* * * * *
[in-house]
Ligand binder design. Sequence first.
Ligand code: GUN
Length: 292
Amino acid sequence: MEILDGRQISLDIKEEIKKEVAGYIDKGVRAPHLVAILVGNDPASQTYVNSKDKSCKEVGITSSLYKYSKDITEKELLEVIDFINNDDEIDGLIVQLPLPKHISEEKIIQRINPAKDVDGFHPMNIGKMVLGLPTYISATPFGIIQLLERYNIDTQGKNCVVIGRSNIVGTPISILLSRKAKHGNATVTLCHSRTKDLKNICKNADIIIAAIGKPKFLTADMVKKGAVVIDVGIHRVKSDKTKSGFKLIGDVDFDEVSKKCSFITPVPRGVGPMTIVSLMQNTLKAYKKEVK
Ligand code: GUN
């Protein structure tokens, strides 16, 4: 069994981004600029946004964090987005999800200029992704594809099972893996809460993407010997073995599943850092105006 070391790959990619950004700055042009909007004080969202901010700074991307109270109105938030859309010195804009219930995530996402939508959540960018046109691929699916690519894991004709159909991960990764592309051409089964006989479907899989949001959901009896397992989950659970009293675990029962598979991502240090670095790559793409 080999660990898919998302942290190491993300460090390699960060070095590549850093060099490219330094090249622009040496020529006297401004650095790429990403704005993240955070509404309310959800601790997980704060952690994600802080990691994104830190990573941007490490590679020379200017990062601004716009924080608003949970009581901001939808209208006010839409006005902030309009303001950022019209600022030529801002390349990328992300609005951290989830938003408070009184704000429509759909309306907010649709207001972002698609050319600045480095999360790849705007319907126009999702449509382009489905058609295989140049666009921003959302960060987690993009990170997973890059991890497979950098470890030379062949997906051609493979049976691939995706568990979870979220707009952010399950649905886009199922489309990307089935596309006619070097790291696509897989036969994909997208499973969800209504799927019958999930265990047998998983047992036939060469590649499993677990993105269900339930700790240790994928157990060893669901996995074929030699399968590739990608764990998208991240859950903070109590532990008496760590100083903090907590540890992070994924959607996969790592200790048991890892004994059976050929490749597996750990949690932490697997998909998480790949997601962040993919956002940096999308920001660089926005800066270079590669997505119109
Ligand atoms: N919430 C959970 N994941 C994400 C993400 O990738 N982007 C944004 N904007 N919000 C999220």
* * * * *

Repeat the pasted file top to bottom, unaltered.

[in-house]
Ligand binder design. Sequence first.
Ligand code: GUN
Length: 292
Amino acid sequence: MEILDGRQISLDIKEEIKKEVAGYIDKGVRAPHLVAILVGNDPASQTYVNSKDKSCKEVGITSSLYKYSKDITEKELLEVIDFINNDDEIDGLIVQLPLPKHISEEKIIQRINPAKDVDGFHPMNIGKMVLGLPTYISATPFGIIQLLERYNIDTQGKNCVVIGRSNIVGTPISILLSRKAKHGNATVTLCHSRTKDLKNICKNADIIIAAIGKPKFLTADMVKKGAVVIDVGIHRVKSDKTKSGFKLIGDVDFDEVSKKCSFITPVPRGVGPMTIVSLMQNTLKAYKKEVK
Ligand code: GUN
């Protein structure tokens, strides 16, 4: 069994981004600029946004964090987005999800200029992704594809099972893996809460993407010997073995599943850092105006 070391790959990619950004700055042009909007004080969202901010700074991307109270109105938030859309010195804009219930995530996402939508959540960018046109691929699916690519894991004709159909991960990764592309051409089964006989479907899989949001959901009896397992989950659970009293675990029962598979991502240090670095790559793409 080999660990898919998302942290190491993300460090390699960060070095590549850093060099490219330094090249622009040496020529006297401004650095790429990403704005993240955070509404309310959800601790997980704060952690994600802080990691994104830190990573941007490490590679020379200017990062601004716009924080608003949970009581901001939808209208006010839409006005902030309009303001950022019209600022030529801002390349990328992300609005951290989830938003408070009184704000429509759909309306907010649709207001972002698609050319600045480095999360790849705007319907126009999702449509382009489905058609295989140049666009921003959302960060987690993009990170997973890059991890497979950098470890030379062949997906051609493979049976691939995706568990979870979220707009952010399950649905886009199922489309990307089935596309006619070097790291696509897989036969994909997208499973969800209504799927019958999930265990047998998983047992036939060469590649499993677990993105269900339930700790240790994928157990060893669901996995074929030699399968590739990608764990998208991240859950903070109590532990008496760590100083903090907590540890992070994924959607996969790592200790048991890892004994059976050929490749597996750990949690932490697997998909998480790949997601962040993919956002940096999308920001660089926005800066270079590669997505119109
Ligand atoms: N919430 C959970 N994941 C994400 C993400 O990738 N982007 C944004 N904007 N919000 C999220």